Some writers neatly sidestep values dissonance by employing time travel. Then they can put relateable protagonists with Millennial mindsets in cool historical settings. In Outlander (2014), a nurse touches a magical stone during a trip to Scotland and is transported to 1743, where she enjoys a passionate romance with a handsome Highlander. In Faith (2012), a surgeon in Seoul is spirited back to the 1350s by an ancient warrior. I've lost track of the number of fictional teenagers I've seen touch mysteriously glowing amulets and suddenly find themselves in 1960s America, medieval Britain, or feudal Japan.

You can also make the main character unusual in a way that explains their individualist way of thinking. A feudal Japanese hero raised by an eccentric hermit in the mountains would naturally have different opinions than the socialized people in the cities. A heroine who's a Taoist, Shamanic, or Shinto priestess wouldn't be bound by the same social rules as the average Ming, Joseon, or Edo girl.

Another method of dodging values dissonance is to write a fantasy. Then you can build a world that suits your needs. For example, many steampunk novels take place in an alternative 19th century, in which fantastical advances in technology have sped up advances in society. On the decks of dirigibles, young men and women shake off their Victorian mores and become inventors, sky pirates, vampire hunters, etc. Et voila, you have characters with modern thoughts in period costumes.

Values Dissonance Is Everywhere

In Revision & Self-Editing, James Scott Bell says, "The mark of the hero is that she represents the values of the community. She is representing the moral vision shared by most people and is someone we root for as a result."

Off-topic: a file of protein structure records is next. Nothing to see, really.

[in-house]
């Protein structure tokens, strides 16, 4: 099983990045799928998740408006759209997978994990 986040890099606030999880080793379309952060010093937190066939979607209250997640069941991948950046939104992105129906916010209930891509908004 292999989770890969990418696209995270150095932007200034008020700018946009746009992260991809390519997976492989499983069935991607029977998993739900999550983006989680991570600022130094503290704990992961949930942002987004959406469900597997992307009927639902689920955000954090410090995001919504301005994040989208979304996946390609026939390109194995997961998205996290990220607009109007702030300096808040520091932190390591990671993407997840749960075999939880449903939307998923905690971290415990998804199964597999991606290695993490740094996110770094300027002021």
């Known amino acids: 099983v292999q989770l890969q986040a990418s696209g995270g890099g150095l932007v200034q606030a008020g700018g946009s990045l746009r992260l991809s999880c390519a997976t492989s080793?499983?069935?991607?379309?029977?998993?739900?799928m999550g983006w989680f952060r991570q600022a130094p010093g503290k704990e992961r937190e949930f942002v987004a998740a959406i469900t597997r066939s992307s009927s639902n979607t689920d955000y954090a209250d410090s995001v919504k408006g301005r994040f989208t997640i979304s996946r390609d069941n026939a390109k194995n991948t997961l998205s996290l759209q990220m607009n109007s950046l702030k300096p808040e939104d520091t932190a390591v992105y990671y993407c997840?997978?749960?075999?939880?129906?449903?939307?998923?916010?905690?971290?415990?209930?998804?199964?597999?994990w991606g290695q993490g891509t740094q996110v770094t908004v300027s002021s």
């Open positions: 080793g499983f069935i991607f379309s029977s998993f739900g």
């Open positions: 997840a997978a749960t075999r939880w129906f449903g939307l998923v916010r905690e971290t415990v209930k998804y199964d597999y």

The problem is, there's no conveniently homogeneous "moral vision" shared by everyone in the world, or even by everyone in America. Values dissonance isn't unique to stories that take place in foreign settings. Every protagonist will represent the values of some people but not other people.

Wallflower Bella Swan from the Twilight trilogy appeals to people who share the worldview of Stephanie Meyer, a conservative Mormon, but she annoys the heck out of people who want their heroines to be Katniss Everdeens. But the stoic Katniss annoys people who want their heroines to be passionate Anne Shirleys, and Anne Shirley annoys people who want their heroines to be sensible Jane Eyres, and so on.

So even though I've spent considerable time thinking and writing about these cultural differences, I've decided not to worry about them too much when I write my trilogy. I'm choosing a combination of options three and four above. I'm going to create my own world based vaguely on China during the Qing dynasty, but with extensive modifications to make it fun and modern. Some people will hate it, but hopefully the people who like it will outnumber them.


Conan De Moe (January 24, 2018 6:32 am)

Thanks for this great article. I recently watched, From up on Poppy Hill. It was delightful and refreshing compared to the typical heroes journey.

Achiru (June 4, 2018 10:11 am)

These are my frustrations and firsthand experiences as a first generation Chinese-Canadian navigating both Chinese and Western values. When I create comics with a clear Asian aesthetic, it does't appeal to publishers in Canada.

Solusandra (August 28, 2019 1:53 am)

This was fascinating, Thank you for writing. It explained a lot.

If you wouldn't mind though, could you do a piece or email response, about the Hero Cycle? I came across you wondering how core boiled down to its roots asian story differed from the European one. I've been told to look at the "Journey to the West" but it'd be nice to have a convenient map like the literary wheel. Jesus in pergatory vs...Sun Wukong in the Buddha's palm?

Amara Prasithrathsint (January 4, 2022 6:42 am)

This is great. Thank you very much for the detailed analysis with plenty of examples. This well-presented article makes me understand more when watching American and non-American films.